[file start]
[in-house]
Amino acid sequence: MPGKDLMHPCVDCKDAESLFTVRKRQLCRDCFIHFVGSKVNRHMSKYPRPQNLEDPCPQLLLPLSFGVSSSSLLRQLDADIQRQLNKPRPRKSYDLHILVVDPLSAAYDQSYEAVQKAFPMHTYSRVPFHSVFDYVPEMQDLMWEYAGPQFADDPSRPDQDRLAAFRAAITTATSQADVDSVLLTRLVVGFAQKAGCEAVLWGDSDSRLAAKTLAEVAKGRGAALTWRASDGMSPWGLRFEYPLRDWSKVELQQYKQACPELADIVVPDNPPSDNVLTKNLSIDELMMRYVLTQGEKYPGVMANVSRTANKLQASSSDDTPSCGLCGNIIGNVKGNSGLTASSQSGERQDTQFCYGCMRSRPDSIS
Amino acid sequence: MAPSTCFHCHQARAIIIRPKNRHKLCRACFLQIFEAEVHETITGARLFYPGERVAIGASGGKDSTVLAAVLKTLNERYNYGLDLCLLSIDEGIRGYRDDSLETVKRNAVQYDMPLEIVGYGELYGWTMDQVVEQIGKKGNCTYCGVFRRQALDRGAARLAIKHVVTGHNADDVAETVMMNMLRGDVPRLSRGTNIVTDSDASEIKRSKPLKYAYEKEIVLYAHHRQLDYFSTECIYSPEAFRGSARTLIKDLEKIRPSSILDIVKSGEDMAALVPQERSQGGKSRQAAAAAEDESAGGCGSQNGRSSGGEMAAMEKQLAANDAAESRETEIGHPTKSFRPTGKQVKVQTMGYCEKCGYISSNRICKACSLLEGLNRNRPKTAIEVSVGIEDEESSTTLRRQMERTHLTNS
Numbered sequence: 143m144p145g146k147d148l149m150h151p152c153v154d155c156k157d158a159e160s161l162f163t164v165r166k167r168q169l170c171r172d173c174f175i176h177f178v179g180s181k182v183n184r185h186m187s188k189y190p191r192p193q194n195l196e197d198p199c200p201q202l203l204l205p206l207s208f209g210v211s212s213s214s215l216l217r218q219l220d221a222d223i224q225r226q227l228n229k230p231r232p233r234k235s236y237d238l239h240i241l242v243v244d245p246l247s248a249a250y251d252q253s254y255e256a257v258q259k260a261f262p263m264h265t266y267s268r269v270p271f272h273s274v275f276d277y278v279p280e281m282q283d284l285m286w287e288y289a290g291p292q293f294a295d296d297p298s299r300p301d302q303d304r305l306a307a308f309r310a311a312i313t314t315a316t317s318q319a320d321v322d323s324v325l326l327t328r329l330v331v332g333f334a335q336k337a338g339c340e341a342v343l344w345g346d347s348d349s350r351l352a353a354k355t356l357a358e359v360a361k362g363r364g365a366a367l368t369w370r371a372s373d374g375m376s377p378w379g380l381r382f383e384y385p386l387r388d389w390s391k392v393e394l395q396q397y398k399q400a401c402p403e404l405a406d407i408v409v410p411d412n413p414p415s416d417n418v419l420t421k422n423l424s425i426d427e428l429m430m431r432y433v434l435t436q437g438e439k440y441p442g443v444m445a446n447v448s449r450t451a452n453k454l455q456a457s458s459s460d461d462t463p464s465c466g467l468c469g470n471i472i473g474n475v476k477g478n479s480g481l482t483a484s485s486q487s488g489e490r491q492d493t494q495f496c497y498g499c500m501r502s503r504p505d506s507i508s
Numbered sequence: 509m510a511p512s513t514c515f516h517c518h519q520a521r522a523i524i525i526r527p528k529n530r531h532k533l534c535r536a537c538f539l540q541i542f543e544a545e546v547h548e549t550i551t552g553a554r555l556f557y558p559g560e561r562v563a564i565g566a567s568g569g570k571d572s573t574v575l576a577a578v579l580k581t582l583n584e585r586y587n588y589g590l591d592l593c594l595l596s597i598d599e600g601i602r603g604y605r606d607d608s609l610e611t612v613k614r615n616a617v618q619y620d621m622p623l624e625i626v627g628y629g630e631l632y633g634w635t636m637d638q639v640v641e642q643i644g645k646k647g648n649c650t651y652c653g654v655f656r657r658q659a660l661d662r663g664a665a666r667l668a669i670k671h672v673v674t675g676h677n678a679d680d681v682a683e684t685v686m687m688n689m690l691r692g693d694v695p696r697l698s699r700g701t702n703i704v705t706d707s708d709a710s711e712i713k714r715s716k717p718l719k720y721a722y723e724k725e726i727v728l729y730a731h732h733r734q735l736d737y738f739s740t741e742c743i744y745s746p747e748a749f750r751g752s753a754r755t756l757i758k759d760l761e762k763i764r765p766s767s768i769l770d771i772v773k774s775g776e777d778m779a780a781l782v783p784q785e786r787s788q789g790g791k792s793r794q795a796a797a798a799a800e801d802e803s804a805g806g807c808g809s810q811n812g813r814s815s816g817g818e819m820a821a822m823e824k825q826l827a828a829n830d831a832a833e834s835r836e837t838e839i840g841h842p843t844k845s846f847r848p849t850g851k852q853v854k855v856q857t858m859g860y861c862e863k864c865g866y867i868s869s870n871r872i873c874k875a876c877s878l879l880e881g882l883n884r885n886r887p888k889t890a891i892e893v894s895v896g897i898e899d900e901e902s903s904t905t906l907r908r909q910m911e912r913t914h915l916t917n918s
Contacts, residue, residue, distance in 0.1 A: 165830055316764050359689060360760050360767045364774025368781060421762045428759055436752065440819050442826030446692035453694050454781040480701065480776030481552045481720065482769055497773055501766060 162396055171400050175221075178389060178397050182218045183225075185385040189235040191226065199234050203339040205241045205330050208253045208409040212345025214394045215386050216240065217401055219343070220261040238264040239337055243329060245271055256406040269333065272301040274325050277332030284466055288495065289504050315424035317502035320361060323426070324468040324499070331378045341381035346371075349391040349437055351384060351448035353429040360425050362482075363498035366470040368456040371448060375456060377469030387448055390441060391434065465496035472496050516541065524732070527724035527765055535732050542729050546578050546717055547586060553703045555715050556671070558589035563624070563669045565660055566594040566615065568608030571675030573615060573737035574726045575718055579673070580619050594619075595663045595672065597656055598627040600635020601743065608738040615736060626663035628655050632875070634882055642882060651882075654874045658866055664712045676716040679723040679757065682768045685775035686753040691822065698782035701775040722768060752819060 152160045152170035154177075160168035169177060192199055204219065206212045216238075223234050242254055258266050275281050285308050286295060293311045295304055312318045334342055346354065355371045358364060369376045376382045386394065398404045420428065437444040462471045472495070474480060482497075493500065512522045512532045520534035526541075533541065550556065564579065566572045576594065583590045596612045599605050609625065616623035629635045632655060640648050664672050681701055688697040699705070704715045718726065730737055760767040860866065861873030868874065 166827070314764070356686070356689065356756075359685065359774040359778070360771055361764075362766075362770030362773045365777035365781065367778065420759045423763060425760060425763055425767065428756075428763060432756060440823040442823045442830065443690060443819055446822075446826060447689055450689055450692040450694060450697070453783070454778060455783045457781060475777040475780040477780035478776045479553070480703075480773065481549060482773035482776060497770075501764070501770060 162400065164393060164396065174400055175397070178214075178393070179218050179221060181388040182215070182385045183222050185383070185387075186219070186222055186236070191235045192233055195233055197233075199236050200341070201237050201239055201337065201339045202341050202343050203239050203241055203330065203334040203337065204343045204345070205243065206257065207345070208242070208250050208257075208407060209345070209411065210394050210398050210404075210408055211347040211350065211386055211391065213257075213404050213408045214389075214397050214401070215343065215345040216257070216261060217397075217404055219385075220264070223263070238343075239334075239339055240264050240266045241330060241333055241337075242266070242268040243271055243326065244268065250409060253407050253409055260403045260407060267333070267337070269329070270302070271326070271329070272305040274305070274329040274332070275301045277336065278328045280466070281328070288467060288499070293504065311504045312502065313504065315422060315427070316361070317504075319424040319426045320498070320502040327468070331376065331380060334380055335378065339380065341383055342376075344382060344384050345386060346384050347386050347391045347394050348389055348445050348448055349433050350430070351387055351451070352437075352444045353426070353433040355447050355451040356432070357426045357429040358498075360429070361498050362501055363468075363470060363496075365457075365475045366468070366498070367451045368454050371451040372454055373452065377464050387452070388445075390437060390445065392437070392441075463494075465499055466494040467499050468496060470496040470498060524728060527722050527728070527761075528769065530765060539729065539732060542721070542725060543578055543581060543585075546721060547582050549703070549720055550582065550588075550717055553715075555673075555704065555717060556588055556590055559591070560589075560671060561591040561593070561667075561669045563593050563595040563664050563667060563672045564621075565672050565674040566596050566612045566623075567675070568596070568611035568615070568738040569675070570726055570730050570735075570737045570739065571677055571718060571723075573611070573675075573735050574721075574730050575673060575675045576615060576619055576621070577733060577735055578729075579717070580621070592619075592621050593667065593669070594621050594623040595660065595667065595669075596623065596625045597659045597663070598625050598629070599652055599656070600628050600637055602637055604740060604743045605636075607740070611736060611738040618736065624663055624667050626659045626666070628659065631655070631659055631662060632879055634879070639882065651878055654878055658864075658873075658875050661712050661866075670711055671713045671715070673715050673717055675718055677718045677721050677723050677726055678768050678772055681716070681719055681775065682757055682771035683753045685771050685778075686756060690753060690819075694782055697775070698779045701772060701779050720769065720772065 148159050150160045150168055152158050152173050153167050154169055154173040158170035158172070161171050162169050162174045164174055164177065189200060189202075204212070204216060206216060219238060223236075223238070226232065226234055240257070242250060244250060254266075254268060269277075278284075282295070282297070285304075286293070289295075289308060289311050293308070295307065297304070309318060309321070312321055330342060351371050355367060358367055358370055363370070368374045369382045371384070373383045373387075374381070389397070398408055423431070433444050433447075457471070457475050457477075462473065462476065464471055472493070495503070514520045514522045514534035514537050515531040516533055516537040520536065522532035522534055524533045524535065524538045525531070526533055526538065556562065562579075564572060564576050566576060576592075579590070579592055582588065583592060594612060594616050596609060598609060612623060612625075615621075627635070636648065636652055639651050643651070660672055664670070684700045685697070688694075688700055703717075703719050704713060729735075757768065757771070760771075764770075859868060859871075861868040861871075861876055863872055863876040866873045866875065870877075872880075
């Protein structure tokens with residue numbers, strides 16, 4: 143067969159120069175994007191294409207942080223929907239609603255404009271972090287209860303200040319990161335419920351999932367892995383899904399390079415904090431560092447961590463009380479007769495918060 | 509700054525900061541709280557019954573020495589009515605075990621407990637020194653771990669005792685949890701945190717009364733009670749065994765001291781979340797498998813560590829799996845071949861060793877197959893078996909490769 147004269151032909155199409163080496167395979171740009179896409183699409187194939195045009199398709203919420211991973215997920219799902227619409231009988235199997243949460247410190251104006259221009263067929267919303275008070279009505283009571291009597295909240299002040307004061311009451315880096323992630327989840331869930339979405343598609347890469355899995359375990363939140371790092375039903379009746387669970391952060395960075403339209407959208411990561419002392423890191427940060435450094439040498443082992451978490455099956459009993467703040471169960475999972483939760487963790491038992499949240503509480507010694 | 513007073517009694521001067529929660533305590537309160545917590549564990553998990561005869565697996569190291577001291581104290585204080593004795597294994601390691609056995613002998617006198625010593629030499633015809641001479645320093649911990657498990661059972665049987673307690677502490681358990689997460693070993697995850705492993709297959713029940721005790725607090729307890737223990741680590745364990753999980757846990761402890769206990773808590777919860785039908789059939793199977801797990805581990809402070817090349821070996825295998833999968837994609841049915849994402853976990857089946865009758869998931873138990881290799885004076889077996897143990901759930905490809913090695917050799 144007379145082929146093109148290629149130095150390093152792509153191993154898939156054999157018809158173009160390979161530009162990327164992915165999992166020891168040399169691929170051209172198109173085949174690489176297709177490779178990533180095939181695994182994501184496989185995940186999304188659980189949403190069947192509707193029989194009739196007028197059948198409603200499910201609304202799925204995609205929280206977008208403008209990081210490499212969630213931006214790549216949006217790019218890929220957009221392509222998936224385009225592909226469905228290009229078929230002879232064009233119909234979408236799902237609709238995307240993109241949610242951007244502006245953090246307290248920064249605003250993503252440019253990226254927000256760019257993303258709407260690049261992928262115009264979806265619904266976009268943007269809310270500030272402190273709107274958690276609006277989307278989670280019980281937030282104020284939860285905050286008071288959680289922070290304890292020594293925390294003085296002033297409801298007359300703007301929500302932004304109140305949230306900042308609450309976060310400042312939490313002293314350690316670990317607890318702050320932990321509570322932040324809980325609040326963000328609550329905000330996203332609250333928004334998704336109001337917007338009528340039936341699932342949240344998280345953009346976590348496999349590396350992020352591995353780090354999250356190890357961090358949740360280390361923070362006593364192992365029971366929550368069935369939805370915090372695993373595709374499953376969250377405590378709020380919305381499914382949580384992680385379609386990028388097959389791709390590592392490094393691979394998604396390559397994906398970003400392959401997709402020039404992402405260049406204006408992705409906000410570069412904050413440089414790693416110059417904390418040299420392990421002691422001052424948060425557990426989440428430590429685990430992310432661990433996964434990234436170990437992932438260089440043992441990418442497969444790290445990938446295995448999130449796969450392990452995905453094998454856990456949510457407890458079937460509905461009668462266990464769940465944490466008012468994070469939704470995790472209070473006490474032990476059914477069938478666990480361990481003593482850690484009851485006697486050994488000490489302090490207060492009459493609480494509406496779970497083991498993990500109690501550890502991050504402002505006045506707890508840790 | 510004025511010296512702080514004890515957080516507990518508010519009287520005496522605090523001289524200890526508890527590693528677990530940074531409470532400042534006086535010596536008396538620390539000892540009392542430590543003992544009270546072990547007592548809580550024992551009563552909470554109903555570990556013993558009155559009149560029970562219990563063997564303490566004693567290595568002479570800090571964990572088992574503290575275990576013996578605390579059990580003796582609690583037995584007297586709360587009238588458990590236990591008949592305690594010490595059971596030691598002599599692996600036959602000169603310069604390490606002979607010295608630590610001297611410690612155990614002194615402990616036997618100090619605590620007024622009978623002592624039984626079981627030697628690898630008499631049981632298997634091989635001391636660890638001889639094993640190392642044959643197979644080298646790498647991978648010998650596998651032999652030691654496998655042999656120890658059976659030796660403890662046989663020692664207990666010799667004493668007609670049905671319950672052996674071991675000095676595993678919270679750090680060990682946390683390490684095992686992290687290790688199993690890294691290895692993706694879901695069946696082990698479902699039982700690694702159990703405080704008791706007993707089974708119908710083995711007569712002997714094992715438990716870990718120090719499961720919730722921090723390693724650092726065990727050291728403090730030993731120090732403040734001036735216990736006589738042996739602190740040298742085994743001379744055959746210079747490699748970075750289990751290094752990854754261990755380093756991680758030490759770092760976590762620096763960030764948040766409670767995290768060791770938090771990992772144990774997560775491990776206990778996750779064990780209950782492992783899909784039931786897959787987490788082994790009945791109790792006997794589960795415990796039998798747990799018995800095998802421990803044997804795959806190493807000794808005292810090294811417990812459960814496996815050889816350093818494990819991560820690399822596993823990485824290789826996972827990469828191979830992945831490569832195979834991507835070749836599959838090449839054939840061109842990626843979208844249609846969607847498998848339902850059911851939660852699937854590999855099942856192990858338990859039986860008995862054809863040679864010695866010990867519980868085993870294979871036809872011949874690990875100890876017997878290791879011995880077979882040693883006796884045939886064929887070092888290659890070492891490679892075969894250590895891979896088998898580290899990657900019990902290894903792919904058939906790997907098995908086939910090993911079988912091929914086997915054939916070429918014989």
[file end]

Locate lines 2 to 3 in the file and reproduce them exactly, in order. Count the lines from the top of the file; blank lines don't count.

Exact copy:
Amino acid sequence: MPGKDLMHPCVDCKDAESLFTVRKRQLCRDCFIHFVGSKVNRHMSKYPRPQNLEDPCPQLLLPLSFGVSSSSLLRQLDADIQRQLNKPRPRKSYDLHILVVDPLSAAYDQSYEAVQKAFPMHTYSRVPFHSVFDYVPEMQDLMWEYAGPQFADDPSRPDQDRLAAFRAAITTATSQADVDSVLLTRLVVGFAQKAGCEAVLWGDSDSRLAAKTLAEVAKGRGAALTWRASDGMSPWGLRFEYPLRDWSKVELQQYKQACPELADIVVPDNPPSDNVLTKNLSIDELMMRYVLTQGEKYPGVMANVSRTANKLQASSSDDTPSCGLCGNIIGNVKGNSGLTASSQSGERQDTQFCYGCMRSRPDSIS
Amino acid sequence: MAPSTCFHCHQARAIIIRPKNRHKLCRACFLQIFEAEVHETITGARLFYPGERVAIGASGGKDSTVLAAVLKTLNERYNYGLDLCLLSIDEGIRGYRDDSLETVKRNAVQYDMPLEIVGYGELYGWTMDQVVEQIGKKGNCTYCGVFRRQALDRGAARLAIKHVVTGHNADDVAETVMMNMLRGDVPRLSRGTNIVTDSDASEIKRSKPLKYAYEKEIVLYAHHRQLDYFSTECIYSPEAFRGSARTLIKDLEKIRPSSILDIVKSGEDMAALVPQERSQGGKSRQAAAAAEDESAGGCGSQNGRSSGGEMAAMEKQLAANDAAESRETEIGHPTKSFRPTGKQVKVQTMGYCEKCGYISSNRICKACSLLEGLNRNRPKTAIEVSVGIEDEESSTTLRRQMERTHLTNS